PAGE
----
Then my daughter, Sarah, well, she'd tell you last year was a good year. And mean it. Standing on the sidelines, it felt a little bit like a trip to hell and back several times. Her posts are sometimes so heartfelt, speak of such deep grief and despair, loneliness. Then I wait two days and she writes a banner post on diaper doo blowouts, and I find myself wondering. Is this the same girl? The same mom? If you're in the middle of motherhood, as she is, and you need to feel like someone else can relate, read her stuff. One day spent with her, and the three little ducks tagging along behind, while she's driving down the interstate in her minivan, half-eaten happy meals, baby praise playing, Caiden chattering in the background - you'll feel right at home. She's balancing a lot of balls most of the time. Just like many of you. Her post on motherhood was one of her best so far, if not the best. It makes those college payments feel like money well spent.

It's nice when you have good teeth run in a family. Or nice bone structure. Or athletic ability. We got good writing, apparently. So - well done, to all the women in this crazy-blogger family of ours. Now, I'd like to know where the unibrow and funny toes trickled down from.

And thank you, Jules, for introducing us to some really good writing/writers out there. You can go here to check out all the other winners. Congratulations to everyone.


PS. *It'd take a nuclear threat but we'd do it; I'd borrow Barb's since she undoubtedly boils hers every night. I once shared mine with the family dog for several months but that's another post for another day.

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  posted at 8:28 AM
 



Thursday, February 15, 2007
Chilly Thursday Thirteen
Since I'm headed out today to spend some time at the bookstore, it's all of THREE degrees here, and life feels a bit like a scene from Groundhog Day, looking at the bright side of winter seemed appropriate. Here then - 13 things I love about winter.

#1 The look of the snow when it's first fallen, especially if it's late at night. Pure, white snow covering everything. Moon shadows cast here and there. Nothing speaks peace like a fresh layer of snow.

#2 Seeing the detail of bare tree branches, or blades of tall grass, dressed in ice. Only God could make a bare tree beautiful.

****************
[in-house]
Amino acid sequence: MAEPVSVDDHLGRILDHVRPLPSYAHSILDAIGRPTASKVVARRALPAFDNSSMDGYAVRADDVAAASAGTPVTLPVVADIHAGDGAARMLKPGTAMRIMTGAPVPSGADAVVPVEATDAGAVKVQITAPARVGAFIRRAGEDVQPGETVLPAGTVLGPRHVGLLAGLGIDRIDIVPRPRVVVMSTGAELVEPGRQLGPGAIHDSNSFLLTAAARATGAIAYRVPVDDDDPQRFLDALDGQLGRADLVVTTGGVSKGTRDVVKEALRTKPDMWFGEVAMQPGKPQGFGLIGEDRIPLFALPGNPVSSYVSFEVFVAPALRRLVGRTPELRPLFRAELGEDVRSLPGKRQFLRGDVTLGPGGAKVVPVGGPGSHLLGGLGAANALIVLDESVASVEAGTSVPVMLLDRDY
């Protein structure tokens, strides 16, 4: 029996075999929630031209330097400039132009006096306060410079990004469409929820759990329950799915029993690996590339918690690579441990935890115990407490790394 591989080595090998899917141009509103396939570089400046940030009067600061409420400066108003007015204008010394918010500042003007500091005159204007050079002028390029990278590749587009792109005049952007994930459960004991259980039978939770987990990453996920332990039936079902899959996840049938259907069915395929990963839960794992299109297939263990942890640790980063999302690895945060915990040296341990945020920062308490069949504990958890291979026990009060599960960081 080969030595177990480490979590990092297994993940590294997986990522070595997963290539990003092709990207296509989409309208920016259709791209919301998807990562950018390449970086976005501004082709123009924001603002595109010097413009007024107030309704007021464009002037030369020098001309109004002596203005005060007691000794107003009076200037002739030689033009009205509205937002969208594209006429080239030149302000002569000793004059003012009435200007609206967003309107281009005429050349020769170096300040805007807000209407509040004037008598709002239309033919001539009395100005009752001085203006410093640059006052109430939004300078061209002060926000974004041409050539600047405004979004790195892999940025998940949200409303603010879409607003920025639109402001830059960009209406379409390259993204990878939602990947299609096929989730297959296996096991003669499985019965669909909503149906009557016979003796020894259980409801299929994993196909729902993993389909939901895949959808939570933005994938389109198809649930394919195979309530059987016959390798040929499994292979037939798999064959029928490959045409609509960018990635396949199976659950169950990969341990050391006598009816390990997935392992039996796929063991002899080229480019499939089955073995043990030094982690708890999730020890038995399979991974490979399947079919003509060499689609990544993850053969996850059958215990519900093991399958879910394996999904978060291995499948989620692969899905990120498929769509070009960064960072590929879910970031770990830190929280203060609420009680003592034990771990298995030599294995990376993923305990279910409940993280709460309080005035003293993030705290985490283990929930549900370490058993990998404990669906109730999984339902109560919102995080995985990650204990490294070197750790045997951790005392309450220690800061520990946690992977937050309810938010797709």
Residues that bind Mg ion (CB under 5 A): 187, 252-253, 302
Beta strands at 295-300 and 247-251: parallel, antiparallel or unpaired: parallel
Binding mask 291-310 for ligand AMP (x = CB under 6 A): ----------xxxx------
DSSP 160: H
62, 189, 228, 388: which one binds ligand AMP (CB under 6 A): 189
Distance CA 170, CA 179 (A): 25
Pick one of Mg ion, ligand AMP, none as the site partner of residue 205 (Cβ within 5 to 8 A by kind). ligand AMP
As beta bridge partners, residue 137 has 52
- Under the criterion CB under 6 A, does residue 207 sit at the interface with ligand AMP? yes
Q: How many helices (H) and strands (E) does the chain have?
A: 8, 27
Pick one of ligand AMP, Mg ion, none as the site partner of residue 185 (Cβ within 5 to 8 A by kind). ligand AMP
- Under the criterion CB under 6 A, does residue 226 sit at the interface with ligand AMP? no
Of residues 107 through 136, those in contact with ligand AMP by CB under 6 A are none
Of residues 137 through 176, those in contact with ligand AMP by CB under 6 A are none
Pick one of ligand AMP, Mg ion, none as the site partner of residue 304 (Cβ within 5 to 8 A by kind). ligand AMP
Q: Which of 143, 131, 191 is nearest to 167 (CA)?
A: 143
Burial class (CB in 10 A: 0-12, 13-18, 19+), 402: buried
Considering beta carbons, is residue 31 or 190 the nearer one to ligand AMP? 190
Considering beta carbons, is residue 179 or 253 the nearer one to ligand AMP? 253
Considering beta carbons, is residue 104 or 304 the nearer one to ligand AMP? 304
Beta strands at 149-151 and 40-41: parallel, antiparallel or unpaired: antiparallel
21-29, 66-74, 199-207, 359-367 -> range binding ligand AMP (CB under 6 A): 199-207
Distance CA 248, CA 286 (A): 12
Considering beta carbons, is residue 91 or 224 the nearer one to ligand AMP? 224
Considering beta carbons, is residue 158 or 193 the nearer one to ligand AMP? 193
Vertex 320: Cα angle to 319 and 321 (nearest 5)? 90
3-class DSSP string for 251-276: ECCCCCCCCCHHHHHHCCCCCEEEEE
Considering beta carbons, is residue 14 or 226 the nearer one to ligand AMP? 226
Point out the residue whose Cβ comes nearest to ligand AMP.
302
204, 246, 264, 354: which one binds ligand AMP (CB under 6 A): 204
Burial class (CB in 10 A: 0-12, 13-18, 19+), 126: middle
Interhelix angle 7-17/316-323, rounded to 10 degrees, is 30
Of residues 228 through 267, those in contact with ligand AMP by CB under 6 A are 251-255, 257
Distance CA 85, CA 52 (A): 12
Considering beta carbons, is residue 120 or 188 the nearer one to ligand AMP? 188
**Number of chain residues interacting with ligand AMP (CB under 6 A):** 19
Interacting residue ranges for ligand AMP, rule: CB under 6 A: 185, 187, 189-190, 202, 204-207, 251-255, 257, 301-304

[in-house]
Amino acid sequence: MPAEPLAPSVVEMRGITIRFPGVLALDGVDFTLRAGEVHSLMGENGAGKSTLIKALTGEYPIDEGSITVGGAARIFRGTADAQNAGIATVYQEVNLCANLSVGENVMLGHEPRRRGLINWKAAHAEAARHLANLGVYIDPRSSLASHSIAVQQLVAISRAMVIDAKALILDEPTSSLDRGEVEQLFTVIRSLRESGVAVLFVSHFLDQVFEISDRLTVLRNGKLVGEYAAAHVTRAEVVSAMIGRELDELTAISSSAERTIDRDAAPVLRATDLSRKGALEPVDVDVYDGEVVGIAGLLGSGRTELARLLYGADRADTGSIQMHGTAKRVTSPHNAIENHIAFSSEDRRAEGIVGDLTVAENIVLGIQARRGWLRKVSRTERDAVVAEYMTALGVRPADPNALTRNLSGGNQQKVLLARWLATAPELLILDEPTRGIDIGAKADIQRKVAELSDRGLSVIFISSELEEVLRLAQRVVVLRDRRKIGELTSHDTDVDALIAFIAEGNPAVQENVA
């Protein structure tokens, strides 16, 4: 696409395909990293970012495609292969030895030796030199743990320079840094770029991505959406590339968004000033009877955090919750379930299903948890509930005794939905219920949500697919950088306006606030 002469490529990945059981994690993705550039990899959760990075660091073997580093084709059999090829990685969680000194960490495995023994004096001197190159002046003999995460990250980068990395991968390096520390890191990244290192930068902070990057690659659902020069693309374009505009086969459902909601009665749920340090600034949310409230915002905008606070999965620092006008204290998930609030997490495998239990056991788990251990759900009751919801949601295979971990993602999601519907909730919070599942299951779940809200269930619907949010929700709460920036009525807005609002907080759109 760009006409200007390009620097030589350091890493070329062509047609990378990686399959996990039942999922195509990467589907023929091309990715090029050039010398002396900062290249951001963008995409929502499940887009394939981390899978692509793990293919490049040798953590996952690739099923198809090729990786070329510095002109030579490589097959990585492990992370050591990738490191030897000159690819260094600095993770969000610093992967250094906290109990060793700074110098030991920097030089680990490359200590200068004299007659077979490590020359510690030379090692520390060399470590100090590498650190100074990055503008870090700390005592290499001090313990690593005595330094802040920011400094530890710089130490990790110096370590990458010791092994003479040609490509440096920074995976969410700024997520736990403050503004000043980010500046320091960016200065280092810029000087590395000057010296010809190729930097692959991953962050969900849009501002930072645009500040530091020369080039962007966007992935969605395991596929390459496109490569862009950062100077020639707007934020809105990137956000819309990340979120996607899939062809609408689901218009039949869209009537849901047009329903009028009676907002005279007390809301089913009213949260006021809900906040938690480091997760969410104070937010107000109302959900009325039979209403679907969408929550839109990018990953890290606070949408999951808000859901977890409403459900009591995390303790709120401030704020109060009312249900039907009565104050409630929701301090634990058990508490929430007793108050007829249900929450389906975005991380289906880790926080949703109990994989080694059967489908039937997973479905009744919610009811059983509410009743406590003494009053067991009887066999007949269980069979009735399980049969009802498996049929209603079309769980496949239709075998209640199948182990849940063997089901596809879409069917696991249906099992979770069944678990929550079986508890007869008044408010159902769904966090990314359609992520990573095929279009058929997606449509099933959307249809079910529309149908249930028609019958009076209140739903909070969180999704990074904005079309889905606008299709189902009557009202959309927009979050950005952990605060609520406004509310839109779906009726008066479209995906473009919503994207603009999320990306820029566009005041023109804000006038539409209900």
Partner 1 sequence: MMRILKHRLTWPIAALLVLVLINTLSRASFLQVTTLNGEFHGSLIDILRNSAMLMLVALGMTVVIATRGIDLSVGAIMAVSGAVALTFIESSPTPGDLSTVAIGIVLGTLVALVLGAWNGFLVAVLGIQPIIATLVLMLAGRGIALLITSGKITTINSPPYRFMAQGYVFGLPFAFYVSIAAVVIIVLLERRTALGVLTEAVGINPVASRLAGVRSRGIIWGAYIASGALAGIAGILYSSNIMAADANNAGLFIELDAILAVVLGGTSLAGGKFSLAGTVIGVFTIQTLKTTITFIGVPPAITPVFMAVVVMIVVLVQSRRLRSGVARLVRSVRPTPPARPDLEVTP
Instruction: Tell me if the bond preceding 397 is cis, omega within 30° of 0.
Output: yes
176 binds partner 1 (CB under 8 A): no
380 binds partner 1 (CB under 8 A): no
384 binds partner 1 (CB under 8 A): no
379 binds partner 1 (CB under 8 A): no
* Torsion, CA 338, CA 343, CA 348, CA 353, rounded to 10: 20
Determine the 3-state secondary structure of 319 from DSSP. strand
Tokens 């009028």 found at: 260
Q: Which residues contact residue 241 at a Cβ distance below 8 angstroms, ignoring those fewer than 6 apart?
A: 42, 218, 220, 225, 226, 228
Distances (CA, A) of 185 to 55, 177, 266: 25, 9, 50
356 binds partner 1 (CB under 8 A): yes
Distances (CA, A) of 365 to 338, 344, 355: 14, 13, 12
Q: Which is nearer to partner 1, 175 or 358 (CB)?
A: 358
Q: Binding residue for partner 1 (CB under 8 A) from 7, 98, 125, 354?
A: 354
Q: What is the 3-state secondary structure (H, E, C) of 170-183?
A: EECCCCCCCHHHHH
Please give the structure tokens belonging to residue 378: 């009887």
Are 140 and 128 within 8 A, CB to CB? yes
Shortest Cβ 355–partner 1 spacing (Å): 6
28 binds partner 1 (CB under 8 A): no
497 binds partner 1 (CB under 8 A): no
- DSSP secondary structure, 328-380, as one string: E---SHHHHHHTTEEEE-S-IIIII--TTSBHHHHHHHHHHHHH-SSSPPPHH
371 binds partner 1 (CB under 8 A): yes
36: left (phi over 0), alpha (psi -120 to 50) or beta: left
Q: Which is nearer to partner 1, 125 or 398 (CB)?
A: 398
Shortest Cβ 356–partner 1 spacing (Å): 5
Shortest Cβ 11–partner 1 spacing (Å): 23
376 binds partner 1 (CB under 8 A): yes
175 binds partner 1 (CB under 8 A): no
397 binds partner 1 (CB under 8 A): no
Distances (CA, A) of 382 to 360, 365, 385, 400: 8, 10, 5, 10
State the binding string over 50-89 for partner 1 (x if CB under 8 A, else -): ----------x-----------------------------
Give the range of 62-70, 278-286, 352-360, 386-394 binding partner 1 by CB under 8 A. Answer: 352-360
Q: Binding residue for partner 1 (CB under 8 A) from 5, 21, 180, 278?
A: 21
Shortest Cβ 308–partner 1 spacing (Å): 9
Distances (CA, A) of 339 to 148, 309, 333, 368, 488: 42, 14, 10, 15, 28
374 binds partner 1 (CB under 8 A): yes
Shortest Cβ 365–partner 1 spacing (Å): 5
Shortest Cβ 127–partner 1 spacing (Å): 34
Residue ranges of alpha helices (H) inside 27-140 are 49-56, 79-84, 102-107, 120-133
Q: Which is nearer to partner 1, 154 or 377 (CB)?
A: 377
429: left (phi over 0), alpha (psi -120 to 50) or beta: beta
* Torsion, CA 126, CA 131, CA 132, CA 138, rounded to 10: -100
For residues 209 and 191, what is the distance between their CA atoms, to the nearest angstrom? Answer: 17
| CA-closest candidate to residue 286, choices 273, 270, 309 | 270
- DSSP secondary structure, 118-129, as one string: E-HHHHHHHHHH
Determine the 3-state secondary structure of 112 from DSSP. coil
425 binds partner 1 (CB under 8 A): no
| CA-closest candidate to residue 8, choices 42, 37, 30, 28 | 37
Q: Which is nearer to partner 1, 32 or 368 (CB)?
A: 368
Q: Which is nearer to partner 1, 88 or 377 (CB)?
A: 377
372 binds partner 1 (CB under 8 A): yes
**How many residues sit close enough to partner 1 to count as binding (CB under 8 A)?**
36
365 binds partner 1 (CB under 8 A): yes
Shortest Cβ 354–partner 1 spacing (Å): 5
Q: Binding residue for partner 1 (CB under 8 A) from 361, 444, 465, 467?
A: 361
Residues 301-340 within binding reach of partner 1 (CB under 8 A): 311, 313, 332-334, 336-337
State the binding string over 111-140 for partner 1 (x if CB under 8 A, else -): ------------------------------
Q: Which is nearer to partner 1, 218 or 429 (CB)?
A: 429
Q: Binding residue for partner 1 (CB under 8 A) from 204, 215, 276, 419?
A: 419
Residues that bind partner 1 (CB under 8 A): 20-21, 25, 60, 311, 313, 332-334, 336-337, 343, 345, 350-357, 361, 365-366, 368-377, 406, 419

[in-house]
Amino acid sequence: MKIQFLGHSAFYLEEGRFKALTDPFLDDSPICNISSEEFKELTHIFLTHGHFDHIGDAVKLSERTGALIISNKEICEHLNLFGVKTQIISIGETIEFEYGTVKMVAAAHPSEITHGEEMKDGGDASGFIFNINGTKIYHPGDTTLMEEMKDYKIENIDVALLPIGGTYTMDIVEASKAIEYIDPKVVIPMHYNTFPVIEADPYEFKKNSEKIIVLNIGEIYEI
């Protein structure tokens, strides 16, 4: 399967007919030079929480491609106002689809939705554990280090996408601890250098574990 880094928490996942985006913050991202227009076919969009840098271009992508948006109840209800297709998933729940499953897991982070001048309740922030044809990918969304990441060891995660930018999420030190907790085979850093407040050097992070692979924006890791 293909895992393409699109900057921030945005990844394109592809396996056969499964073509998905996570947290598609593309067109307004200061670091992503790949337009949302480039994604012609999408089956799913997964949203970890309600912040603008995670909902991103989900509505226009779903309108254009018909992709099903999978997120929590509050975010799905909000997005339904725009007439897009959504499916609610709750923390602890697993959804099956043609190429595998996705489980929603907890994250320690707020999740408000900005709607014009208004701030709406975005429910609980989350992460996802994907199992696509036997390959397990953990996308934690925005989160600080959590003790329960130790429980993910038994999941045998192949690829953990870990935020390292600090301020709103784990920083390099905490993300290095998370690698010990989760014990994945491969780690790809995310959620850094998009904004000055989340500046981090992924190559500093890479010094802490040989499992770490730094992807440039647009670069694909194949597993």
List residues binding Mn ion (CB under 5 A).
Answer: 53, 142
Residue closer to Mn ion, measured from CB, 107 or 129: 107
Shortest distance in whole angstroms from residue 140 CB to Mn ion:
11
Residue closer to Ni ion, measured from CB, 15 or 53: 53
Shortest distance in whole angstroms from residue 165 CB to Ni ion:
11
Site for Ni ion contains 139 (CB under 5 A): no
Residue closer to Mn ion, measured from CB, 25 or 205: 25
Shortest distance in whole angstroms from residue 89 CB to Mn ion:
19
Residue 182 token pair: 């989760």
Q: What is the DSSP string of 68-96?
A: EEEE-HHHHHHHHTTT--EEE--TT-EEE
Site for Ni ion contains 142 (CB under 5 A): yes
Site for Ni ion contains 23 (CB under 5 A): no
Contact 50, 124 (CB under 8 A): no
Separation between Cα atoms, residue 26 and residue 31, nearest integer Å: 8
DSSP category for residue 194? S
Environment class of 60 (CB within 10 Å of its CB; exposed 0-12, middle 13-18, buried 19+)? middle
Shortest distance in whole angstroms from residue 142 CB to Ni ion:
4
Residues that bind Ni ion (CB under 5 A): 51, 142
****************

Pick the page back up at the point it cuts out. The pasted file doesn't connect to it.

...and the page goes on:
#3 The sound my boots make as I make my way across the yard, to retrieve the paper or mail. A nice, firm crunch that only happens when the yard is blanketed in deep, icy snow.

#4 Being a part of all our neighbors, out shoveling their walks and driveways, at the same time. There's this feeling of comraderie when that happens. It resembles a Norman Rockwell painting, dogs running around, the kids playing in the yard while the parents are digging out.

#5 Not having to envy anyone's figure on a cold day. We all look a bit like the Pillsbury Dough Boy when we're bundled up. Add to that long, striped scarves, funny hats with tassles on the ends, and the fact that nobody is showing any inch of skin that really should stay covered - what's not to love?

#6 Standing and talking to a neighbor, both of us ignoring the fact that our noses are running down our face, headed south, toward our mouths. We wipe our noses on our gloves, because there's nothing else handy. It happens. To all of us. So we just politely ignore it. But we don't shake hands - that would be icky.

#7 The glorious days, now and then, when I look out and a neighbor is shoveling us out! Just because she said "they have cabin fever, are gaining weight staying inside too much eating comfort food and wanted to get some extra exercise." Glory Be!

#8 Watching our dog stand at the back door, whining to go out, when it's in single digits. When he gets out there, he shoves his face into the snow, all the way up to his eyes, taking big gulps of it. Soon as he's had his snowy fix, he begins to chase his tail, just for the sheer joy of being so cold. Cheap entertainment.

#9 Not mowing grass, or watering and weeding flowers.